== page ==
As sport gets more expensive to play the LNP has formulated a plan to help out the battlers in the sport.
As sport gets more expensive to play the LNP has formulated a plan to help out the battlers in the sport. Craig Warhurst

Plans for grassroots sport policy

MEMBER for Gympie and the LNP's Shadow Minister for Sport, David Gibson, has said the LNP's Get in the Game policy would support grassroots sports development in Queensland and help families with cost-of-living pressures.

Mr Gibson said the three-year, $16 million initiative would encourage more Queensland children to play sport in local clubs and assist community clubs with grants for equipment and field improvements.

"The tired, 20-year-Labor Government has focused on funding fewer, bigger projects," said Mr Gibson.

"Labor wasted vast amounts of money earmarked for sport in Queensland on the failed A1 GP racing debacle - funds which would have been better spent directly by neighbourhood and regional sporting clubs.

"The LNP's Get in the Game policy is targeted to increase participation in community sport and recreation throughout the state."

"Gympie has a strong community involvement in junior sports and this policy will directly benefit families who want to have their kids play sport in our region."

Football Gympie president Coralie Wheeler agreed. "Families are doing it tough and as a club, it's hard to keep fees down with increasing electricity bills. Something like this policy to help families with fees would be welcome," she said.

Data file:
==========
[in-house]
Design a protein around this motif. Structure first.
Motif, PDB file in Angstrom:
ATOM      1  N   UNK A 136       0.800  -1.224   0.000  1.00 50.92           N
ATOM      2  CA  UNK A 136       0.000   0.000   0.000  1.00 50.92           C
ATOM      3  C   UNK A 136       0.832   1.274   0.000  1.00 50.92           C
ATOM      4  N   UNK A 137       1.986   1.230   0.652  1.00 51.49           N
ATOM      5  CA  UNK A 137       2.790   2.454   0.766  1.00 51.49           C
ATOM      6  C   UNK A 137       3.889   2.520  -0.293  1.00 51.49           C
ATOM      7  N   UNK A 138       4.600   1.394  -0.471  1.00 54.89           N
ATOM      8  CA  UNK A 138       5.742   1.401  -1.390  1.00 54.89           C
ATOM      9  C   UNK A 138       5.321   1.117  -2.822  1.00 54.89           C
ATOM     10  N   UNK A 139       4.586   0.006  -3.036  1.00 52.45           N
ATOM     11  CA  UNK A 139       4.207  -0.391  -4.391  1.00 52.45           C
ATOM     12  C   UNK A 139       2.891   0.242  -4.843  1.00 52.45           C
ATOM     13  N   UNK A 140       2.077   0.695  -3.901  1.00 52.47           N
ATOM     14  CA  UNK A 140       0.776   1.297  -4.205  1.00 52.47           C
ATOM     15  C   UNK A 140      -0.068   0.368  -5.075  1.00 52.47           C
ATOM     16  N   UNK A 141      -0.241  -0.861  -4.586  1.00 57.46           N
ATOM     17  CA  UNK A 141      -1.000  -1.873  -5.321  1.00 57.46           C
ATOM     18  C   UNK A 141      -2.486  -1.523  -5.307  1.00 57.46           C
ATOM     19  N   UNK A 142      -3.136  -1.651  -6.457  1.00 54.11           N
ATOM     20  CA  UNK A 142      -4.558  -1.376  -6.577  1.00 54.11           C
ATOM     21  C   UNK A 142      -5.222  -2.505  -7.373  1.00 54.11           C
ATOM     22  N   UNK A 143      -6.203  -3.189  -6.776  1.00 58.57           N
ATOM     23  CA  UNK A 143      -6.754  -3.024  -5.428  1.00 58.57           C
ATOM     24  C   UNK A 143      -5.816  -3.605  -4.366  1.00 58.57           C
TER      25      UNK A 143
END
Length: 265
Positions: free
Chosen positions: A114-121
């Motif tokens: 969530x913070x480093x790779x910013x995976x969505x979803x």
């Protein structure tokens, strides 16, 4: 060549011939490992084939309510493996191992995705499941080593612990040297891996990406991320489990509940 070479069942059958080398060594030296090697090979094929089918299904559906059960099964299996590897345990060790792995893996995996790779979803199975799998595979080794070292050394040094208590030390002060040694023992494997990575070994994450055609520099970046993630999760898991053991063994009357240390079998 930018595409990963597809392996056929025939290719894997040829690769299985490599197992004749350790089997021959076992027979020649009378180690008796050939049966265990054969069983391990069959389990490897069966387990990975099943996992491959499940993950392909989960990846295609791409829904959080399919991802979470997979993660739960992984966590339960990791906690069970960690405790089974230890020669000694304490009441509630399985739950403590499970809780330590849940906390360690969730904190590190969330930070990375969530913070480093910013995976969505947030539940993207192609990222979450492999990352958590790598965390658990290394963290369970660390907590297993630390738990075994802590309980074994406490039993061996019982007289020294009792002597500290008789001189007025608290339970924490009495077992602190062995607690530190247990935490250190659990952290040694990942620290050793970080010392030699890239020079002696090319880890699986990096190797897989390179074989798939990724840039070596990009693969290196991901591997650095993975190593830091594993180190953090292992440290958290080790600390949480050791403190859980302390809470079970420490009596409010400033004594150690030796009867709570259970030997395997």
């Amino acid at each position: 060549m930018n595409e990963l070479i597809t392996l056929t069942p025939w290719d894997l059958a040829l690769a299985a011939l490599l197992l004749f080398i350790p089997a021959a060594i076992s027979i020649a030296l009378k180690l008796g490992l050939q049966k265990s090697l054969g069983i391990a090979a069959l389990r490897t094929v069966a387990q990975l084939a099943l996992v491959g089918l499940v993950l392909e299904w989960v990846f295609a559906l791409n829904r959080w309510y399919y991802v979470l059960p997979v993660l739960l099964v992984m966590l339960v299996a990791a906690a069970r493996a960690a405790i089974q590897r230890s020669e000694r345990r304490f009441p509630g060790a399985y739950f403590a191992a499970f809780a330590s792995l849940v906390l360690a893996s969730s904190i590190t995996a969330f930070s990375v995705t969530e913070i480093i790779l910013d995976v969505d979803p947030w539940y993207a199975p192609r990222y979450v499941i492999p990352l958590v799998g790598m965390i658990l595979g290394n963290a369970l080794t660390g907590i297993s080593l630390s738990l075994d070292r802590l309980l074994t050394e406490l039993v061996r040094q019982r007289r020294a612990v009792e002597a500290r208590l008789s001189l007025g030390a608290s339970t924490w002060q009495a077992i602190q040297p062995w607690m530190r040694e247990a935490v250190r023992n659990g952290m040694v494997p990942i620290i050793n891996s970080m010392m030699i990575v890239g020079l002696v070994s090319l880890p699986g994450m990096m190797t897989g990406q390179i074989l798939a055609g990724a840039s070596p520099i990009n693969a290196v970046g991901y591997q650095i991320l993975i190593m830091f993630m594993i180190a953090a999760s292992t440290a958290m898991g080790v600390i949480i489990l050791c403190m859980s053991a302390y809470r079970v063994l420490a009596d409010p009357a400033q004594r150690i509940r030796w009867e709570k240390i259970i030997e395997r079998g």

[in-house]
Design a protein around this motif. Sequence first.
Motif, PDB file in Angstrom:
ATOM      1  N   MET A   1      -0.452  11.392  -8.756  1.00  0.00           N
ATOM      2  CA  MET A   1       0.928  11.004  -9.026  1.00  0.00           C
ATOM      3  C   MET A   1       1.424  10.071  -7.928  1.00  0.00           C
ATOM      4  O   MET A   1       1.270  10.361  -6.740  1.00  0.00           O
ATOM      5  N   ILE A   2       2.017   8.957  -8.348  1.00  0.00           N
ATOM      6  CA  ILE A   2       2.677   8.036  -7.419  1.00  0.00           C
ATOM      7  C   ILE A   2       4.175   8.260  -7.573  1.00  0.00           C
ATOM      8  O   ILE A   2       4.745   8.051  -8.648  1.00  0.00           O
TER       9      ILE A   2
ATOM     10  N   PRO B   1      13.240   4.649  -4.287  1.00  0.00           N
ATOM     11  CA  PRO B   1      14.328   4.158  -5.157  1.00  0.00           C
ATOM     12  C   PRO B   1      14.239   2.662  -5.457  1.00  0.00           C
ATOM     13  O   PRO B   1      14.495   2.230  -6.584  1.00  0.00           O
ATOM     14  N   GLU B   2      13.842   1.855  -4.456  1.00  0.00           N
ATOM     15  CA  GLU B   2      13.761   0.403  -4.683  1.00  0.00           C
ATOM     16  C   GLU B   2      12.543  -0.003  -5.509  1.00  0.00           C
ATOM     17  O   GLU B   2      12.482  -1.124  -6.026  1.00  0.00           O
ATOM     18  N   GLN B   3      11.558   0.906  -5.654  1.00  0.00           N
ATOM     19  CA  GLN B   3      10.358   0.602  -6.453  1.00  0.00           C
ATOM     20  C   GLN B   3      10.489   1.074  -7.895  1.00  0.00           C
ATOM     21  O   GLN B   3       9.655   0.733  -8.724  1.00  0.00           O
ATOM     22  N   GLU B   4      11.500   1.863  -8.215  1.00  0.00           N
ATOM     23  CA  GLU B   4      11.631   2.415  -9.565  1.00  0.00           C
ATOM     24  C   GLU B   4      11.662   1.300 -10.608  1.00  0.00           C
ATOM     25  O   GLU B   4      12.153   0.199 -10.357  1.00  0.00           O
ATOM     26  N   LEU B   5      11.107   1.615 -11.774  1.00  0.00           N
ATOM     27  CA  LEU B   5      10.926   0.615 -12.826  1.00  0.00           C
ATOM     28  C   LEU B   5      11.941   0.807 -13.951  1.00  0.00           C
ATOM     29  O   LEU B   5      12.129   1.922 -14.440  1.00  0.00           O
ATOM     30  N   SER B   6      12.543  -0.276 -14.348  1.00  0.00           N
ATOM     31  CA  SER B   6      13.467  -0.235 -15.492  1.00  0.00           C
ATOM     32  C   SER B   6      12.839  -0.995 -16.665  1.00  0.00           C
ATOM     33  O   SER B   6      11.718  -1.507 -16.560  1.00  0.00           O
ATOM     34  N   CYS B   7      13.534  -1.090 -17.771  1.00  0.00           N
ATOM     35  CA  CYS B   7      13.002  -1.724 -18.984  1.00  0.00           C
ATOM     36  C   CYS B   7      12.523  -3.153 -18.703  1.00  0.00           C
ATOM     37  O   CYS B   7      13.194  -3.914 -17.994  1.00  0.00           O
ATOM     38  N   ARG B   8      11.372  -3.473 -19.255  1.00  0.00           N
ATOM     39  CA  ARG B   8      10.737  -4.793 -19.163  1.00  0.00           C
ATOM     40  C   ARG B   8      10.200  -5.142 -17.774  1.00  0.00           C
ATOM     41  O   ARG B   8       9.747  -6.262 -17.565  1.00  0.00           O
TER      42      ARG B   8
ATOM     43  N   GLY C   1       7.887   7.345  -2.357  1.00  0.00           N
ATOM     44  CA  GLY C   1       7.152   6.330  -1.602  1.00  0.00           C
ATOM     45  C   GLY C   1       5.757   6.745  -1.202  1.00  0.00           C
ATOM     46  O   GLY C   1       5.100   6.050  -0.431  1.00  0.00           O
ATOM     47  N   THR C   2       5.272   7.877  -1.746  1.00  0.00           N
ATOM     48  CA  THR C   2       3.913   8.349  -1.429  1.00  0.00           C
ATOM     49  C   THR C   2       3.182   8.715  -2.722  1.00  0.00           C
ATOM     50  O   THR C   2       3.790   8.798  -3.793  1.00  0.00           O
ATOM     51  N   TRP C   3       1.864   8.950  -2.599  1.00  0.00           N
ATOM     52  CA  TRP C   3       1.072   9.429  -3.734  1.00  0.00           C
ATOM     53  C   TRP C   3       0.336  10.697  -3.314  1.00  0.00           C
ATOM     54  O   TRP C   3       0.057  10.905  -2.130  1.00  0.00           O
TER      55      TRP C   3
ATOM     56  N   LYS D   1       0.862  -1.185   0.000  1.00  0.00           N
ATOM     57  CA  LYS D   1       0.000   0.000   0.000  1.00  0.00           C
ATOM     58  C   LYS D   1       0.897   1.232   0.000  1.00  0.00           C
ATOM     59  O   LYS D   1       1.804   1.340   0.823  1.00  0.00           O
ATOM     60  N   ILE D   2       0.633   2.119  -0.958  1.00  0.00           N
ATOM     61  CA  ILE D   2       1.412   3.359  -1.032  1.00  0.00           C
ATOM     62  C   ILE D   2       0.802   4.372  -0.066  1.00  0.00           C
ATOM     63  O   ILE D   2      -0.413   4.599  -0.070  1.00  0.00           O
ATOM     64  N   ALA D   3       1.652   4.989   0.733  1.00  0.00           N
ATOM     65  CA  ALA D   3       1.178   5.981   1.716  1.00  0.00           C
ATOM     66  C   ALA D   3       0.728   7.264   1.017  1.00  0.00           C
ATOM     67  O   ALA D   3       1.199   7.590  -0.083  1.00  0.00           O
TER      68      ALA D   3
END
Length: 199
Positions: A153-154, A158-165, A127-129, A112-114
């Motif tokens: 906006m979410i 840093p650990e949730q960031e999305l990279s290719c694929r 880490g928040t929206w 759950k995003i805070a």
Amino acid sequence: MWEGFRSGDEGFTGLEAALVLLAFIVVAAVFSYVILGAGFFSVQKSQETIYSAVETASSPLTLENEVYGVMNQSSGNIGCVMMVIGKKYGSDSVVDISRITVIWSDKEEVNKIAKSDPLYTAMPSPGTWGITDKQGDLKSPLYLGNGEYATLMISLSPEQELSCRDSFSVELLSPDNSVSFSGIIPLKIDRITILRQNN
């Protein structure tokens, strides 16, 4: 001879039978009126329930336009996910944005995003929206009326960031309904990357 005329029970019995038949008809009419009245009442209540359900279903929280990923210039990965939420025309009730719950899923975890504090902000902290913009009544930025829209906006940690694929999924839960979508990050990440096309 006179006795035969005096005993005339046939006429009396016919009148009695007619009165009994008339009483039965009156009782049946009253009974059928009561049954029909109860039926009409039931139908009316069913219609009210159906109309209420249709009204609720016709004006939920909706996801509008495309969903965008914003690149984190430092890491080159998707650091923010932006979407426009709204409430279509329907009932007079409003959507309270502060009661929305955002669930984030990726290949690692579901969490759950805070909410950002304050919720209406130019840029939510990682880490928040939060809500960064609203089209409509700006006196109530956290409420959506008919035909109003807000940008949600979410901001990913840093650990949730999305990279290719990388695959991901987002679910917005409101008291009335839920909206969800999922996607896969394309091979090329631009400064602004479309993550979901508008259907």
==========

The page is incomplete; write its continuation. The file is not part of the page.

Mr Gibson said the Commonwealth Games on the Gold Coast in 2018 would give the state a powerful new sporting focus, provide an excellent platform to encourage and support Queenslander sport, and inspire our children to achieve their sporting dreams.

"Get in the Game is a responsible investment in the health and well-being of Queenslanders, and especially young people, now and in the future. It will complement existing sports funding programs.

"We know the social and health benefits of children being involved in sport, and a significant part of our plan is to provide better opportunities, especially for those that can't afford it, to Get in the Game."

He said Get in the Game had three sub-programs:

  • GetStarted: to provide 40,000 club registration fee contributions for those children whose families may not be able to afford to join a sporting club ($6 million).
  • GetGoing: to provide funding for small equipment and programs to sporting and recreation clubs to develop and expand sporting services ($2 million).
  • GetPlaying: for funding sporting and recreational clubs to improve infrastructure and facilities ($8 million).

"GetStarted will be an innovative new voucher system to assist kids who can't afford to join a sporting club to do so through the payment of club fees up to $150 per child. It will be limited to one voucher per year per child and will provide 40,000 sporting club memberships subsidies over the first three years," Mr Gibson said.

"GetGoing will provide clubs with one-off grants of up to $10,000 to be used towards equipment, club promotion materials, training, running of come-and-try-sessions and other items or activities designed to increase sporting and recreation club membership.

"GetPlaying will provide one-off funding up to $100,000 for facility development and upgrades to improve club facilities which will also assist in handling increased club membership. Eligible clubs will be required to contribute a minimum of 20% of the total project cost which may include cash, in-kind support and/or volunteer labour."

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